By Cameron Buford, whatsgoodinsports.com

Last week was a monumental week for the NBA. The Jacob Blake shooting incident, where he was shot 7 times in the back by Kenosha, Wisconsin Police Department has reverberated across the professional sports landscape. This situation prompted the Milwaukee Bucks to boycott their NBA Playoff Game 5 against the Orlando Magic. This incident also caught the attention of their peers in the NBA, WNBA, MLB, and the NFL.

While the NBA has been combating COVID-19 in their return to play on Orlando, they also wanted to bring attention to the social injustices, police brutality, and racial discrimination. Not only did the NBA paint Blacks Lives Matter on each of the floors in the NBA bubble, but they also partnered with the players to print various messages on the back of their uniforms. However, the players didn’t feel this was enough using the recent shooting in Milwaukee.

A few short months ago, the murder of George Floyd raised some eyebrows in the Black Community. Then this recent shooting of Jacob Blake tugged on the heartstrings of the country. Doc Rivers, Head Coach of the Los Angeles Clippers, was one of those deeply touched by this incident and expressed his pain in his Game 5 Post-Game press conference after their win over the Dallas Mavericks.

Doc’s impassioned press conference touched most of those who listened as he stated, “As far as the other situation, it’s just so sad. What stands out to me is just watching the republican convention, viewing this fear. All you hear is Donald Trump and all of them talking about fear. We’re the ones getting killed. We’re the ones getting shot. We’re the ones that we’re denied to live in certain communities. We’ve been hung. We’ve been shot. All you do is keep hearing about fear [tearing up].”

“It’s amazing why we keep loving this country, and this country does not love us back. It’s really so sad. Like, I should just be a coach. I’m so often reminded of my color. It’s just really sad. We got to do better. But we got to demand better. It’s funny, we protest. They send riot guards. They send people in riot outfits. They go up to Michigan with guns. They’re spitting on cops. Nothing happens. The training has to change in the police force. The unions have to be taken down in the police force. My dad was a cop. I believe in good cops. We’re not trying to defund the police and take all their money away. We’re trying to get them to protect us, just like they protect everybody else.”

“How dare the republicans talk about fear? We’re the ones that need to be scared. We’re the ones having to talk to every black child. What white father has to give his son the talk about being careful if you get pulled over? It’s just ridiculous. It just keeps going. There are no charges. Breonna Taylor, no charges, nothing. All we’re asking is [for] you live up to the Constitution. That’s all we’re asking for everybody, for everyone.”

Once the Bucks boycotted their game against the Orlando Magic, all games in Orlando were subsequently postponed. Many players have spoken about the challenges the bubble has presented in addition to not allowing them to be in their respective markets protesting with their community. The players were ultimately able to unite with the NBAPA President Michelle Roberts along with select Coaches and Team Governors to agree on some specific actions item on request of the players.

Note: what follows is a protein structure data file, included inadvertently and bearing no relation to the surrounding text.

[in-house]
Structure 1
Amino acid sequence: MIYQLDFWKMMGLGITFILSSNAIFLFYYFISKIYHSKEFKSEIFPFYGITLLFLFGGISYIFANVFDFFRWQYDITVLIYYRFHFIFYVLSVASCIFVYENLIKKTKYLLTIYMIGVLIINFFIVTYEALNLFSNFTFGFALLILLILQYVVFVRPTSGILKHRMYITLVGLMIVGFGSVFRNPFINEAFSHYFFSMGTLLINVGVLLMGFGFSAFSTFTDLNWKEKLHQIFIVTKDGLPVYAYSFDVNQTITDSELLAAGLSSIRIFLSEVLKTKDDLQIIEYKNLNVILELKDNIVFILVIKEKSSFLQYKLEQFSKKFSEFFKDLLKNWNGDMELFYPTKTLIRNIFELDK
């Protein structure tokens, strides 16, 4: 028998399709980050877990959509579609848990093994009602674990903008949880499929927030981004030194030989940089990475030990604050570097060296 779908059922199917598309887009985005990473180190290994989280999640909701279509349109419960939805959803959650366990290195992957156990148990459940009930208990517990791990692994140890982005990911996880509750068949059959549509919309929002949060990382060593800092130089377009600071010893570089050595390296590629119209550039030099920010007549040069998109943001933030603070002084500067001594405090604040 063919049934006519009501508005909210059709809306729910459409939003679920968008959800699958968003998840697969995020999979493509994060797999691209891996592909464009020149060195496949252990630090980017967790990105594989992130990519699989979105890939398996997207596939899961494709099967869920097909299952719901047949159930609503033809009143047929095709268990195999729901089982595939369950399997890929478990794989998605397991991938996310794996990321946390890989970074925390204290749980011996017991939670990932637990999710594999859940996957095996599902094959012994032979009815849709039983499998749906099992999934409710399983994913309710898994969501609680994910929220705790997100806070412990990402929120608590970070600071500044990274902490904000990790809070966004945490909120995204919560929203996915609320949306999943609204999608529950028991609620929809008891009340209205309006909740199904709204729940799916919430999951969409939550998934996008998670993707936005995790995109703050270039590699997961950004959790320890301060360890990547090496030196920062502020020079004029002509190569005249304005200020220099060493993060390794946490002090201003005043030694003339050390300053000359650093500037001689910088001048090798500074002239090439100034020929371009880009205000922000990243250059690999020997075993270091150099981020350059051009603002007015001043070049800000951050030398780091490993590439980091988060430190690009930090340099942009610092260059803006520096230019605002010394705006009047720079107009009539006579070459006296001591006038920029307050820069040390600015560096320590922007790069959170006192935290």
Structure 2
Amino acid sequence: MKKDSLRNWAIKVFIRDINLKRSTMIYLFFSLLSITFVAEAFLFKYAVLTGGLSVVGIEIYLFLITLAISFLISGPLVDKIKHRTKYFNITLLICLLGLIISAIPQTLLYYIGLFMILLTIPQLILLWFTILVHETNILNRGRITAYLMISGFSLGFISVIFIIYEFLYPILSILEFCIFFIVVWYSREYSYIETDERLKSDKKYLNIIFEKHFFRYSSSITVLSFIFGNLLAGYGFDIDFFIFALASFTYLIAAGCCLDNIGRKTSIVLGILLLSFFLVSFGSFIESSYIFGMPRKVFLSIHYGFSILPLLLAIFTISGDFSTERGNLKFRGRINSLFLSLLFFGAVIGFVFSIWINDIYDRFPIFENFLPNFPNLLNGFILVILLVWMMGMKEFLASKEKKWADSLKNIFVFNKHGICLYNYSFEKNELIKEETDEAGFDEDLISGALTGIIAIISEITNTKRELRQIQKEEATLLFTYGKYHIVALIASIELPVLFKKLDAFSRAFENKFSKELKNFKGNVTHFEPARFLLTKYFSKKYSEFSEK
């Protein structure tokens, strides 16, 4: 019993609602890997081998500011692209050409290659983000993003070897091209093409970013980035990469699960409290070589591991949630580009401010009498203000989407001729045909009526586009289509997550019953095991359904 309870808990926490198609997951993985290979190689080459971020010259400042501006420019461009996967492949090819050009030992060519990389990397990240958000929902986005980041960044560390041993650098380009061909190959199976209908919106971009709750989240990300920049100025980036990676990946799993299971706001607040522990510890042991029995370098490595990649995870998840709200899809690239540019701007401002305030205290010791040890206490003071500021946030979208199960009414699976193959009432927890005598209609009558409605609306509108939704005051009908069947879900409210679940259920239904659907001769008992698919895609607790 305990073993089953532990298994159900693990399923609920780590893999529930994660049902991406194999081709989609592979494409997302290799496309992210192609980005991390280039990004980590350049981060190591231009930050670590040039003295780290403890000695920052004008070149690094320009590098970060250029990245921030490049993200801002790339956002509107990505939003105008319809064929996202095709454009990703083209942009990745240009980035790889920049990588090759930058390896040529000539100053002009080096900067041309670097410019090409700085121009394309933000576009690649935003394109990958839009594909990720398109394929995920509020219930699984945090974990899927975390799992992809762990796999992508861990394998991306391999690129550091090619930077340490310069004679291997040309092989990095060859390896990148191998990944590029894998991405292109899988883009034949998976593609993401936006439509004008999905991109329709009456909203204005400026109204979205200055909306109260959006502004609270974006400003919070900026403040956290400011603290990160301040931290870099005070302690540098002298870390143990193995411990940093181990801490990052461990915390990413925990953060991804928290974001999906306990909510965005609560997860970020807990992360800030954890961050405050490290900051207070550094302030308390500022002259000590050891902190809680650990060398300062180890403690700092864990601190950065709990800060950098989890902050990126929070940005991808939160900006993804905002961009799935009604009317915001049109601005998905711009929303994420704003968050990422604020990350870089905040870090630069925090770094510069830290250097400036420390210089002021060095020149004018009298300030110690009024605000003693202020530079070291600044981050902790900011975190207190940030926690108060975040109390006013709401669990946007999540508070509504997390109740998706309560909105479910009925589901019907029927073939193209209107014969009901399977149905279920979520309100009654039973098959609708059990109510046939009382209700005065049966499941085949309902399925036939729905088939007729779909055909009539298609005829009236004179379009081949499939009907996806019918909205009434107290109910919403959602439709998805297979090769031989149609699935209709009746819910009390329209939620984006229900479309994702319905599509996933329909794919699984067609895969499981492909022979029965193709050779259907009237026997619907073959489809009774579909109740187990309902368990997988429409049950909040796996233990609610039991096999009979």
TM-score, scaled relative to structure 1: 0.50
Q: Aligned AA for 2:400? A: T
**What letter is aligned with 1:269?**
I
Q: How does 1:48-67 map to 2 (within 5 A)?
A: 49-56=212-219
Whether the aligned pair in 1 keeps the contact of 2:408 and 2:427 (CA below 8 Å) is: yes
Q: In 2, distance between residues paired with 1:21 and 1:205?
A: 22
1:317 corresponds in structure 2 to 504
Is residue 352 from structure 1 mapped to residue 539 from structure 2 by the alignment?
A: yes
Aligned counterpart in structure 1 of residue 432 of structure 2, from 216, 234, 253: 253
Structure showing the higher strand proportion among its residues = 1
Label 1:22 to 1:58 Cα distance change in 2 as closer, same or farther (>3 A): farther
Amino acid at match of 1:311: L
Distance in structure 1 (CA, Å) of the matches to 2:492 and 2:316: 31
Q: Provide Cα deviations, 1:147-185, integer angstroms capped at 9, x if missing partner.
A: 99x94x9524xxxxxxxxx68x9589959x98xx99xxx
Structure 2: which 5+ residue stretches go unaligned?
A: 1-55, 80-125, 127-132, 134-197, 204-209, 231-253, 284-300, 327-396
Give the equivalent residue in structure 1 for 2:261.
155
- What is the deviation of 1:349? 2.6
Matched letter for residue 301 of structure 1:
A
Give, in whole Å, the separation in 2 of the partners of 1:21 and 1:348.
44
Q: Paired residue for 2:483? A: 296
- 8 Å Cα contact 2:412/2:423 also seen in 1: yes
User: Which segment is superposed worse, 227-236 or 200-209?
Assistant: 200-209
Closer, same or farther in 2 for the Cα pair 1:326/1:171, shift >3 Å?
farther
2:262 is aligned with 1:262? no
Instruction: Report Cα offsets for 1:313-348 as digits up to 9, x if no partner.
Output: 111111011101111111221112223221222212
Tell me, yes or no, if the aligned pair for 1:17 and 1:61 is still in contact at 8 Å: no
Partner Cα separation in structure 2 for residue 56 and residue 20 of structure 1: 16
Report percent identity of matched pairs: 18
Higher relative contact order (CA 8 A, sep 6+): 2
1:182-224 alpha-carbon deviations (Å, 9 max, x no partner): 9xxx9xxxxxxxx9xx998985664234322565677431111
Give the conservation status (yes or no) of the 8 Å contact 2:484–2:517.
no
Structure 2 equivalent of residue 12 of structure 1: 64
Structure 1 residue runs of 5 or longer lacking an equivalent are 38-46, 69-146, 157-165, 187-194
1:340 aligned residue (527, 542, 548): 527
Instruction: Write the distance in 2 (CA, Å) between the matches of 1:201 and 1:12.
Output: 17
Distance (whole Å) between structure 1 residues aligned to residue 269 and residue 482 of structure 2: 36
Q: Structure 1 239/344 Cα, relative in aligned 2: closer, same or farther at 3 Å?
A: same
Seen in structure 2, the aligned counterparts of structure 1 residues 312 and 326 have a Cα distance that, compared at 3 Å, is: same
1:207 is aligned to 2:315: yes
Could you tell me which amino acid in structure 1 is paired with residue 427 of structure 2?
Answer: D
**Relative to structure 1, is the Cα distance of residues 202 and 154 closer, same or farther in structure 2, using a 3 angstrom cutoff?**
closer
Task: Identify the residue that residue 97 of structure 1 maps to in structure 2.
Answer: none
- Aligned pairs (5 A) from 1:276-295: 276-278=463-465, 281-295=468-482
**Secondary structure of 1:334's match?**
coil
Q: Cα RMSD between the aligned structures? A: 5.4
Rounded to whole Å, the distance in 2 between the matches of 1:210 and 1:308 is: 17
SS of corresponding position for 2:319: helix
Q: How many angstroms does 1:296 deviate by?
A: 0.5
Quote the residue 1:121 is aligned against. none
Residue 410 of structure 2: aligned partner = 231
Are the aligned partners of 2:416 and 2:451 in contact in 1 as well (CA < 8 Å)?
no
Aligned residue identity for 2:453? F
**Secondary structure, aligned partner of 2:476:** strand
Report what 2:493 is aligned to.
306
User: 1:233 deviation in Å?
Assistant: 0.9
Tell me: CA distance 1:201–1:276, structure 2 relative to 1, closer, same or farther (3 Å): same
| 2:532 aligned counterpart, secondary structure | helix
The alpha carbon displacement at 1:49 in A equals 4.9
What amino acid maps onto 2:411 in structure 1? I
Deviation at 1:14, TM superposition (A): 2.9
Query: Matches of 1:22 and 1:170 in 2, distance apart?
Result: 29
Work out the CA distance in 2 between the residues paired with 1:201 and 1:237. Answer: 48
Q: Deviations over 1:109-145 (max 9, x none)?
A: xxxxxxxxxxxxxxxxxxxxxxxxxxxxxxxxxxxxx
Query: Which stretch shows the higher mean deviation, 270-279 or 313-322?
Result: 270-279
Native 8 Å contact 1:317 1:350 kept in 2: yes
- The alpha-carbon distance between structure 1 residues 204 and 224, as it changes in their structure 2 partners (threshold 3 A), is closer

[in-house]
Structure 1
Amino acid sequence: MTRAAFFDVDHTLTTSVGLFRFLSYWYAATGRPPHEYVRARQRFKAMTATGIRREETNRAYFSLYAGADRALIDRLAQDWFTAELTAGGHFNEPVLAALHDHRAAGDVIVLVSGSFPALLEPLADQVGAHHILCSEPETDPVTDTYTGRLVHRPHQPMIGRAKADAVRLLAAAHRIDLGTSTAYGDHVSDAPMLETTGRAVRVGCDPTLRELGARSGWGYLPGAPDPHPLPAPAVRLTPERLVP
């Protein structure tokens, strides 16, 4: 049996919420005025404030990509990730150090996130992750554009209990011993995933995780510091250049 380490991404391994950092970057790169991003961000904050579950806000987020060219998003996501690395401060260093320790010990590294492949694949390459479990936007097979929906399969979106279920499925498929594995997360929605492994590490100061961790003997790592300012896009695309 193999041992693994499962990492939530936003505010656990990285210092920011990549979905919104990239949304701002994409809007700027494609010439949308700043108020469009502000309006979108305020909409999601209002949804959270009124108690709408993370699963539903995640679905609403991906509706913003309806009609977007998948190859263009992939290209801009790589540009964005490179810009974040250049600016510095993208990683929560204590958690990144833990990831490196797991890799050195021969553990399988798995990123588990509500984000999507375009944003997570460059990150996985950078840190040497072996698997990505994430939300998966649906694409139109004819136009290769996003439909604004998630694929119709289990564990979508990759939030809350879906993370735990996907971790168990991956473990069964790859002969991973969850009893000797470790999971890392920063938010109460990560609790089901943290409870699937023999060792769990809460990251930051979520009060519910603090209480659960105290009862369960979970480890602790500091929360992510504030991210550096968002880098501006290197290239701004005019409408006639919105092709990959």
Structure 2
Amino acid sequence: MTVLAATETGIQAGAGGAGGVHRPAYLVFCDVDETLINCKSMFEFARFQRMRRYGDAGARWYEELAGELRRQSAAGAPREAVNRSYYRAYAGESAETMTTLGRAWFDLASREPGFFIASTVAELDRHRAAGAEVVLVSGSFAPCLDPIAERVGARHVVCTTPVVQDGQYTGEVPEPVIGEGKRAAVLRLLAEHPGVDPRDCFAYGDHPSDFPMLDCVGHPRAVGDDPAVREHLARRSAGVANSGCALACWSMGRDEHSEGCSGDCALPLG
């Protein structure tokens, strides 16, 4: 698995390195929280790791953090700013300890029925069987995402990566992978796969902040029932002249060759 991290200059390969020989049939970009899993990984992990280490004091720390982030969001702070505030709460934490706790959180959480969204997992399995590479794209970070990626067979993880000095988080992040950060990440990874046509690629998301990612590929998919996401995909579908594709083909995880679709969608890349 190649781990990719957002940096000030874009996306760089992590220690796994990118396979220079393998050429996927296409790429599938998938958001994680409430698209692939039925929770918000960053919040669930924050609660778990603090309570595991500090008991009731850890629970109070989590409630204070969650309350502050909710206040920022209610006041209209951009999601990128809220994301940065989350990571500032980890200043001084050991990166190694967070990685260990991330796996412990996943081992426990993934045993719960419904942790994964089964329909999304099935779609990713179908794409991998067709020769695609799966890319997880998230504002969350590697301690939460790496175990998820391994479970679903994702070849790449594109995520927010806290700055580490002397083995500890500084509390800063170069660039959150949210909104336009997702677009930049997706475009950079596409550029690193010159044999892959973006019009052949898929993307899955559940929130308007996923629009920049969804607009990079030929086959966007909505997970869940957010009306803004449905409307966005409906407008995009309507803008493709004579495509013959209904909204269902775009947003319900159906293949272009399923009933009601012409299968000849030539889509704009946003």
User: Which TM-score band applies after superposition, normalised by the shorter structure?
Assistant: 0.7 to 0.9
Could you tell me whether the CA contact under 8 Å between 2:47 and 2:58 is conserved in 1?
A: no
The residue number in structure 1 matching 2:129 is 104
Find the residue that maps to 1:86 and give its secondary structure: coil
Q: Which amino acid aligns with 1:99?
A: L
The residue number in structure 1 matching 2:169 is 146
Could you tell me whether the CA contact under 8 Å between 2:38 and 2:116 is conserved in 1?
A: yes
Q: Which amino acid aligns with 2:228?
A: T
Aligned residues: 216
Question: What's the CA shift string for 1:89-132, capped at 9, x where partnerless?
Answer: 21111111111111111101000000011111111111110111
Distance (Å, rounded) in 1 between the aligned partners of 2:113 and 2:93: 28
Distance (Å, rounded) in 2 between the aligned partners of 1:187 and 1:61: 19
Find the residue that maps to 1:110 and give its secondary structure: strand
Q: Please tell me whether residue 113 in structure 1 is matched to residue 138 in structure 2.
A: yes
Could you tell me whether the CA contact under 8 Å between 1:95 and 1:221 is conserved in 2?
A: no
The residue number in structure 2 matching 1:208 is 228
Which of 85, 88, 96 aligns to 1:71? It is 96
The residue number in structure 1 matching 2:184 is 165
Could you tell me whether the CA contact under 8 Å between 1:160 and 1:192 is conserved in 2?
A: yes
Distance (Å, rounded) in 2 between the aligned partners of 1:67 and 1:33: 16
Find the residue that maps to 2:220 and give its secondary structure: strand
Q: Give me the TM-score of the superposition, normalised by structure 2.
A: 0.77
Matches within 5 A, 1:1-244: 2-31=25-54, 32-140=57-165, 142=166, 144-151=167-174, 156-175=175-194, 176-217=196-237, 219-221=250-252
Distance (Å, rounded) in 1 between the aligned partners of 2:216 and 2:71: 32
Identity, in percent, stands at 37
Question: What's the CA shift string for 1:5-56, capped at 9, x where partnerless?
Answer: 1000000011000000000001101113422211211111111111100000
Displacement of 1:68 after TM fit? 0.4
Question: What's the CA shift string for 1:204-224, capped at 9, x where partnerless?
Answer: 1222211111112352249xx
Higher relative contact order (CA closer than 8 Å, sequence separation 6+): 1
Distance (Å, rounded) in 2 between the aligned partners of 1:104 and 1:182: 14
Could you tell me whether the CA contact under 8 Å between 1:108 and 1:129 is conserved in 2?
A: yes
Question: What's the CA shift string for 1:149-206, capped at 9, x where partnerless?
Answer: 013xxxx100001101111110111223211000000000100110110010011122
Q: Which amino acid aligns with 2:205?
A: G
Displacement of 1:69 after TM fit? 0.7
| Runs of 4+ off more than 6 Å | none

Doc Rivers had this message on change for the players, “Just because something hasn’t happened doesn’t mean it can’t happen. Like I’ve always said — don’t give in to something that hasn’t happened. Keep pushing, keep working.” As the players collectively challenged their league Governors, these are the negotiated actions items that the NBA players were able to agree upon before they returned to play;

1) The immediate establishment of a social justice coalition with representatives from the players, coaches, and owners. The coalition will focus on “a broad range of issues” including police and criminal justice reform.

2) Every arena that is owned and operated by the team will work with local election officials to convert the facility into a polling place for the upcoming 2020 election. If the deadline to do that has passed, the team will work with officials to find a different use for the building to support the 2020 election.

3) Advertising spots during each playoff game will be dedicated to increasing civic engagement and access to voting.

Later Clippers Head Coach Doc Rivers spoke on the benefit of how the NBA players are managing in the Bubble and what a couple of days off meant, “the key to this thing is that I think we all needed to take a breath. We needed a moment to breathe. It’s not lost on me that George Floyd didn’t get that moment. But we did. And we took it. And the players took it, and they got to refocus on the things that they wanted to focus on outside of their jobs.” Rivers continued to say about his team in the NBA Bubble, “we have to really monitor that better, and I’m the first to say I knew it was hard, but I didn’t see the impact. We have to do better there.”

Having experienced and veteran minds to lean on is a tremendous benefit to the leadership of the NBA. This no doubt leads to their incredible partnership between players and governors which is unrivaled in team sports. Kindly share your thoughts on this NBA partnership and the bubble they’ve created to compete their season amidst the pandemic and social unrest? By reaching out to me on Twitter @whatsgoodnsport or forward your thoughts to info@whatsgoodinsports.com.